The middleware 330 may provide, for example, a function that the application 370 needs in common or may provide diverse functions to the application 370 through the API 360 to allow the application 370 to efficiently use limited system resources of the electronic device. According to an example embodiment, the middleware 330 (e.g., the middleware 143) may include at least one of a runtime library 335, an application manager 341, a window manager 342, a multimedia manager 343, a resource manager 344, a power manager 345, a database manager 346, a package manager 347, a connectivity manager 348, a notification manager 349, a location manager 350, a graphic manager 351, or a security manager 352.

The middleware 330 may include a middleware module that combines diverse functions of the above-described elements. The middleware 330 may provide a module specialized to each OS type to provide different functions. In addition, the middleware 330 may remove a part of the pre-existing elements, dynamically, or may add new elements thereto.

The API 360 (e.g., the API 145) may be, for example, a set of API programming functions and may be provided with a configuration which varies according to an OS. For example, in the case where the OS is android or iOS, it may be permissible to provide one API set per platform. In the case where the OS is tizen, it may be permissible to provide two or more API sets per platform.

The application 370 (e.g., the application program 147) may include, for example, one or more applications such as a home application 371, a dialer application 372, an SMS/MMS application 373, an instant message (IM) application 374, a browser 375, a camera application 376, an alarm application 377, a contact application 378, a voice dial application 379, an e-mail application 380, a calendar application 381, a media player application 382, a media gallery (e.g., album) 383, and a clock application 384, or for offering health care (e.g., measuring an amount of exercise or blood sugar) or environment information (e.g., atmospheric pressure, humidity, or temperature).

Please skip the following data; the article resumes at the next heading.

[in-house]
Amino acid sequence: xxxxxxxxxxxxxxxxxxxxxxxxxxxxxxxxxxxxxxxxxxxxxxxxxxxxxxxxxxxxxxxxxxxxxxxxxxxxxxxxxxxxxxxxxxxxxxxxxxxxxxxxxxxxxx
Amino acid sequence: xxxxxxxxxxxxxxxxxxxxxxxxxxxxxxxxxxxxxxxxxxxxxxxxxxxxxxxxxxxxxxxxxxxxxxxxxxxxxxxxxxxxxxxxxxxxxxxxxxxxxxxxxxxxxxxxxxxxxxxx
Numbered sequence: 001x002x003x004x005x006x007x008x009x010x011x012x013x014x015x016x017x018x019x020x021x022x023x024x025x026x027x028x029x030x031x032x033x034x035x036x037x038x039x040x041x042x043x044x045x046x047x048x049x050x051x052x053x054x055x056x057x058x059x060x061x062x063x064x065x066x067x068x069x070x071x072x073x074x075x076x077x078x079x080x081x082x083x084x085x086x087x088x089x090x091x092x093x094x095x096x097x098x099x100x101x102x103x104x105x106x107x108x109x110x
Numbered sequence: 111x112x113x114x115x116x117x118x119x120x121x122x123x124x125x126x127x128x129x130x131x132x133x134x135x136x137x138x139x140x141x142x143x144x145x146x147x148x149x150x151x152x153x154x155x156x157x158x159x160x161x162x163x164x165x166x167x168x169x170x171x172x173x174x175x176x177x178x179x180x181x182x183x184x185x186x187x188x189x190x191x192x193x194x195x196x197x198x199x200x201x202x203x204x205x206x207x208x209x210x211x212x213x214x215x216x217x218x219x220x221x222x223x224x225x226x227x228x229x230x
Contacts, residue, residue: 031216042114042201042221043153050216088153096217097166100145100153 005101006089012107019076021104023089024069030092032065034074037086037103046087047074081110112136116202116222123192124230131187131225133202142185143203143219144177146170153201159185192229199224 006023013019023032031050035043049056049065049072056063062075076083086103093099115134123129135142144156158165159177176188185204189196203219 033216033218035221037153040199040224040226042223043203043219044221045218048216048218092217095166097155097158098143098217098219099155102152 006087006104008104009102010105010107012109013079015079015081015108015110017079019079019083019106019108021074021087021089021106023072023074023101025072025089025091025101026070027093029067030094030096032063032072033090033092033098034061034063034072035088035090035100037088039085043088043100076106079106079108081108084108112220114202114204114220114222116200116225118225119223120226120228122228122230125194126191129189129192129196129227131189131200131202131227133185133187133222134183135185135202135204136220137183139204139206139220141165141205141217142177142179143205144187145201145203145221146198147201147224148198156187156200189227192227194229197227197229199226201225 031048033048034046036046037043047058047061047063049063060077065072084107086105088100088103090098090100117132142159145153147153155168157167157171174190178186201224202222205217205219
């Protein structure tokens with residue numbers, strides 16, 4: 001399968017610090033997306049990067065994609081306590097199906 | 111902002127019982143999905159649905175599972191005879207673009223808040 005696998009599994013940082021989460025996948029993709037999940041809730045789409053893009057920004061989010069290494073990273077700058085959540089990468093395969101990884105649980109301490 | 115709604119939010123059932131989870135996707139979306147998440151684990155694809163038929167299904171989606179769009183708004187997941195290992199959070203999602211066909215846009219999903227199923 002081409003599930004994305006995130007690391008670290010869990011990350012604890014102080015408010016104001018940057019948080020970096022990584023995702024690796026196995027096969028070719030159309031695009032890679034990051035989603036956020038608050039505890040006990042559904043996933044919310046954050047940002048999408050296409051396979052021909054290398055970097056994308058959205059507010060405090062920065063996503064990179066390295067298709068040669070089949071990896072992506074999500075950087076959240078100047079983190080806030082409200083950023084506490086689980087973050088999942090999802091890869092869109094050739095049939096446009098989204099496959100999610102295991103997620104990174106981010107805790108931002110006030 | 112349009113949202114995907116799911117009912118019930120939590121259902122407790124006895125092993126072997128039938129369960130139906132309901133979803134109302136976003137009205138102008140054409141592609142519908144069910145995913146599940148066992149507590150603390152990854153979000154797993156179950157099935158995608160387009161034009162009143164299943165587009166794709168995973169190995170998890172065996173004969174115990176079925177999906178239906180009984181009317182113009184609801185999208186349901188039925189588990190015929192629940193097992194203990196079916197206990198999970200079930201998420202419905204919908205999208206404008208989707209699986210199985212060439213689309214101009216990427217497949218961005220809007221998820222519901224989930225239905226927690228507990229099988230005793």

According to various example embodiments, at least a portion of the program module 310 may be implemented by software, firmware, hardware, or a combination of two or more thereof. At least a portion of the program module 310 may be implemented (e.g., executed), for example, by a processor (e.g., the processor 210). At least a portion of the program module 310 may include, for example, modules, programs, routines, sets of instructions, or processes, or the like for performing one or more functions.

At least a portion of a device (e.g., modules or functions thereof) or a method (e.g., operations) according to various example embodiments may be, for example, implemented by instructions stored in a computer-readable storage media in the form of a program module. The instruction, when executed by one or more processors (e.g., the processor 120), may cause the one or more processors to perform a function corresponding to the instruction. The computer-readable storage media may be, for example, the memory 130.

A module or a program module according to various example embodiments may include at least one or more of the above-mentioned elements, some of the above-mentioned elements may be omitted, or other additional elements may be further included therein. Operations executed by modules, program modules, or other elements may be executed by a successive method, a parallel method, a repeated method, or a heuristic method. In addition, a portion of operations may be executed in different sequences or may be omitted. Alternatively, other operations may be added. Embodiments disclosed in this specification may be used to describe and help understand technical contents. Accordingly, the embodiments should be interpreted as including all modifications or diverse other embodiments.